Orrenius and Zavodny likewise find the effects are largely contingent on skills of the immigrants relative to natives. Their study is indicative that the potential threat to natives is normatively on the lower end of the spectrum in regards to skill level -- "blue collar" jobs. [http://ftp.iza.org...] This is congruent with nearly all other studies. An added refinement of the study is that the longer low-skilled immigrants stay in the US, the correlation to native displacement likewise increases. They explain that as these immigrants begin to assimilate into the culture, they become more of a threat to native jobs.

The USCCR briefing noted the disproportionate effect on black workers, claiming the effect was "modest to significant." [https://www.law.umaryland.edu...] This piece is particularly interesting, because it aligns to your question in the OP. It seems a double standard if progressives claim they want to mitigate income inequality, especially towards minority groups. So, by disproportionately disadvantaging blacks from other natives does not help in meeting that goal.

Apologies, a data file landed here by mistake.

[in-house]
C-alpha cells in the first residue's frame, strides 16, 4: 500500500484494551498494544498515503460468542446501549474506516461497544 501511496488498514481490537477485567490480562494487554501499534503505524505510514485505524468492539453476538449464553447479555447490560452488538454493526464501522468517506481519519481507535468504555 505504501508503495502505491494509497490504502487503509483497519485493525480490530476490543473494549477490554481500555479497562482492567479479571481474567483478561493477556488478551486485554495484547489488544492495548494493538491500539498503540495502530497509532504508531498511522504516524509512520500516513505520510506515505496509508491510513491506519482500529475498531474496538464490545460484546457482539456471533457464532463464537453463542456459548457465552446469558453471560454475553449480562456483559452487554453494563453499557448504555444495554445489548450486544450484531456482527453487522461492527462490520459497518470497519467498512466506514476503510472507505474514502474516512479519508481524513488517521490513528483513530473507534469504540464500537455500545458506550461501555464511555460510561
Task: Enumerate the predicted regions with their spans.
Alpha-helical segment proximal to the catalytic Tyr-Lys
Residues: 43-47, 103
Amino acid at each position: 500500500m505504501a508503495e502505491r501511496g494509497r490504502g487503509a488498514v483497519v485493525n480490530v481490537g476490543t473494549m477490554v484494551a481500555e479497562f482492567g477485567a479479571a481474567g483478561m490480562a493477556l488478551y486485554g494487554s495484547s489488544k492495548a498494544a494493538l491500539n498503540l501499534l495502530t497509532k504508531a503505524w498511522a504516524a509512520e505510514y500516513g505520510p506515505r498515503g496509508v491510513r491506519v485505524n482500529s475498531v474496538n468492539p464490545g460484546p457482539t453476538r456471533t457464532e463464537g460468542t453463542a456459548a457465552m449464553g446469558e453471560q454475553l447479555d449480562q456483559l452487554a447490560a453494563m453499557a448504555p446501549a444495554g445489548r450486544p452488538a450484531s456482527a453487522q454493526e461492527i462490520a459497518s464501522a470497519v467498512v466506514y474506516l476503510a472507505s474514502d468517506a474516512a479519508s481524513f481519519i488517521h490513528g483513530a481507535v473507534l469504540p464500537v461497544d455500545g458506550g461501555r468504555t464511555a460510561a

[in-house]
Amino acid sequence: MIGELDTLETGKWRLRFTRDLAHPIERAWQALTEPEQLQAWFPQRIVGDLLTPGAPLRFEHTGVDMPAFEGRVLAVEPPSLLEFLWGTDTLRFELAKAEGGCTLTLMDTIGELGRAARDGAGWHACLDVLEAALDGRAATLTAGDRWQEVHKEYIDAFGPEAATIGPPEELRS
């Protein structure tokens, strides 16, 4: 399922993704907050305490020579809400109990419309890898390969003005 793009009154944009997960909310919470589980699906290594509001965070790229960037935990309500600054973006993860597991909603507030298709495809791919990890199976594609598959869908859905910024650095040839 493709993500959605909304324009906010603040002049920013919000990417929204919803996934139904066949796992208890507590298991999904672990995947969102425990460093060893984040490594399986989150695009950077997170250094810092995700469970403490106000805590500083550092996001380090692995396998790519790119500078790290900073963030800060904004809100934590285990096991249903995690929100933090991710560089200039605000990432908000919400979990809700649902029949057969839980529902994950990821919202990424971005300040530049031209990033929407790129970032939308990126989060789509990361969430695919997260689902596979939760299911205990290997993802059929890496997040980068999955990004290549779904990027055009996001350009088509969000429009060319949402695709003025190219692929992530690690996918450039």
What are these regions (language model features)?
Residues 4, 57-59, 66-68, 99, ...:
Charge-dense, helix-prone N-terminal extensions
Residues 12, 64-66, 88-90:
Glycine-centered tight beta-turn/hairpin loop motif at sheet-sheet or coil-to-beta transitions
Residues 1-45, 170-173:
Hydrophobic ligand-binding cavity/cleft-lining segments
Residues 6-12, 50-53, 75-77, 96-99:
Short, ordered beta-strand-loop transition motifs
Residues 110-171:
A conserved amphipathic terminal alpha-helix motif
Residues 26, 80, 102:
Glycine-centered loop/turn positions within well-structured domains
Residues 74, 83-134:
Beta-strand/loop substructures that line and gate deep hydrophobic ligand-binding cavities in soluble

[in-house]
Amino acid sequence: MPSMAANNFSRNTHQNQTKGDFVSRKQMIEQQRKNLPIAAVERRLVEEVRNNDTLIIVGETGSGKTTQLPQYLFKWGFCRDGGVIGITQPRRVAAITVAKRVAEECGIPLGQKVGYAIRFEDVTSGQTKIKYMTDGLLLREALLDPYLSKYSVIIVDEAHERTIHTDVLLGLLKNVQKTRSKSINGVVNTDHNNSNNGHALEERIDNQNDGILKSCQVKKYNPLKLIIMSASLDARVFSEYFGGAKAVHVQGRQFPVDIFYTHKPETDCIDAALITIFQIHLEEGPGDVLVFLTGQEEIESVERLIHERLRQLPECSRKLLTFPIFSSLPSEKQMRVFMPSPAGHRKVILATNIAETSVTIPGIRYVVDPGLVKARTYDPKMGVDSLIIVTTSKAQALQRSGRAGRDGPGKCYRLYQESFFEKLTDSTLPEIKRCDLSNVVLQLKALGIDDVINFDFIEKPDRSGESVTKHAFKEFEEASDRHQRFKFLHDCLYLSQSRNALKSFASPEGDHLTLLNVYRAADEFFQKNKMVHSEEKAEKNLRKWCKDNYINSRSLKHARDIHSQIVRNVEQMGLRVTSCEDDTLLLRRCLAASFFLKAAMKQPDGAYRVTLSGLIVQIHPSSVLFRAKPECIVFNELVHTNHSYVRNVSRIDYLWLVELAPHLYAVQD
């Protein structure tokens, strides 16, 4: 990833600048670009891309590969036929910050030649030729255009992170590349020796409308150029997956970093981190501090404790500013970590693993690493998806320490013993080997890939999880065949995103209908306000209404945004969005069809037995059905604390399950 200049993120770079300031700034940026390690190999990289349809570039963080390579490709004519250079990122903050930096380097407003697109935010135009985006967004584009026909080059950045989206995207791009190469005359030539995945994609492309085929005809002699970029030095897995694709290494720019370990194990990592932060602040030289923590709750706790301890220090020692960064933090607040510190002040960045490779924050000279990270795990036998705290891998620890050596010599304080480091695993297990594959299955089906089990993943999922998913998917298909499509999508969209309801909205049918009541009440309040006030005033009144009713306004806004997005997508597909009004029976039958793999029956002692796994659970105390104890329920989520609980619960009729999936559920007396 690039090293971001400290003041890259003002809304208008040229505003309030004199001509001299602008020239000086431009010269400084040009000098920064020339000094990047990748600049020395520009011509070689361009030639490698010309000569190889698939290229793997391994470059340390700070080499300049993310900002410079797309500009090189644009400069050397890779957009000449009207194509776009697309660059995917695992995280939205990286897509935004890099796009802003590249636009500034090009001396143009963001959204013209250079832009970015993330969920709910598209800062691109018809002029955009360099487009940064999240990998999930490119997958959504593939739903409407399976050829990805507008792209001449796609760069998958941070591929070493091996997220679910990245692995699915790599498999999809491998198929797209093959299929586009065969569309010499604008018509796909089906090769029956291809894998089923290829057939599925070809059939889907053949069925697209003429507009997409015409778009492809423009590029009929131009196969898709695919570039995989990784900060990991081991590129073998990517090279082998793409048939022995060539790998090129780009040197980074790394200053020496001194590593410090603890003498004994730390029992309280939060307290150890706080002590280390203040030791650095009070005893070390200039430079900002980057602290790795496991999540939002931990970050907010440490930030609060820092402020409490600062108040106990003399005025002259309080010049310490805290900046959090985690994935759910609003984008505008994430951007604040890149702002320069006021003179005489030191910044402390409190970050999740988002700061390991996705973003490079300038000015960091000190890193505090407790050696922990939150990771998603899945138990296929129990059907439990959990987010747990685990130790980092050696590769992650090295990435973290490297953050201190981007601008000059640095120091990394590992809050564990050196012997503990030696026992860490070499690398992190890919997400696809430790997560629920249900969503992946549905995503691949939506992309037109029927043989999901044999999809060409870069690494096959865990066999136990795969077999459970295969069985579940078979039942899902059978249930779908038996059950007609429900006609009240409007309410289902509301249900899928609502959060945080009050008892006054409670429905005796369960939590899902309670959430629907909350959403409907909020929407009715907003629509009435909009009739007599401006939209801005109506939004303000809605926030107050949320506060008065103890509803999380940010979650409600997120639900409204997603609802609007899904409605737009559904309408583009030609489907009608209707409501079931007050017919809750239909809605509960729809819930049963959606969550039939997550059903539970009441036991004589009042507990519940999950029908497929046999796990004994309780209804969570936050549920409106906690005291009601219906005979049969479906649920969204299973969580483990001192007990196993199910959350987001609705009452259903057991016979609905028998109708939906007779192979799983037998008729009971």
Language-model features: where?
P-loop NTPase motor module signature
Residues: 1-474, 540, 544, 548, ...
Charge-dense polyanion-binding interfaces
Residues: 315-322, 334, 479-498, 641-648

Borjas' timeless study on the issue is relevant, too. Though it's been contested by Card, Borjas has defended his study while criticizing Card for not "digging deep enough" to entirely isolate the data and *prove* the causation. It's not fair to take everything at face value, but the claim seems to have more credence because of a similar issue with the Card/Krueger study on the minimum wage; where the data focused on singular occupational results. That's another issue for another time, but in short, Card's study isn't complete, and misses the mark for the complexity of the issue.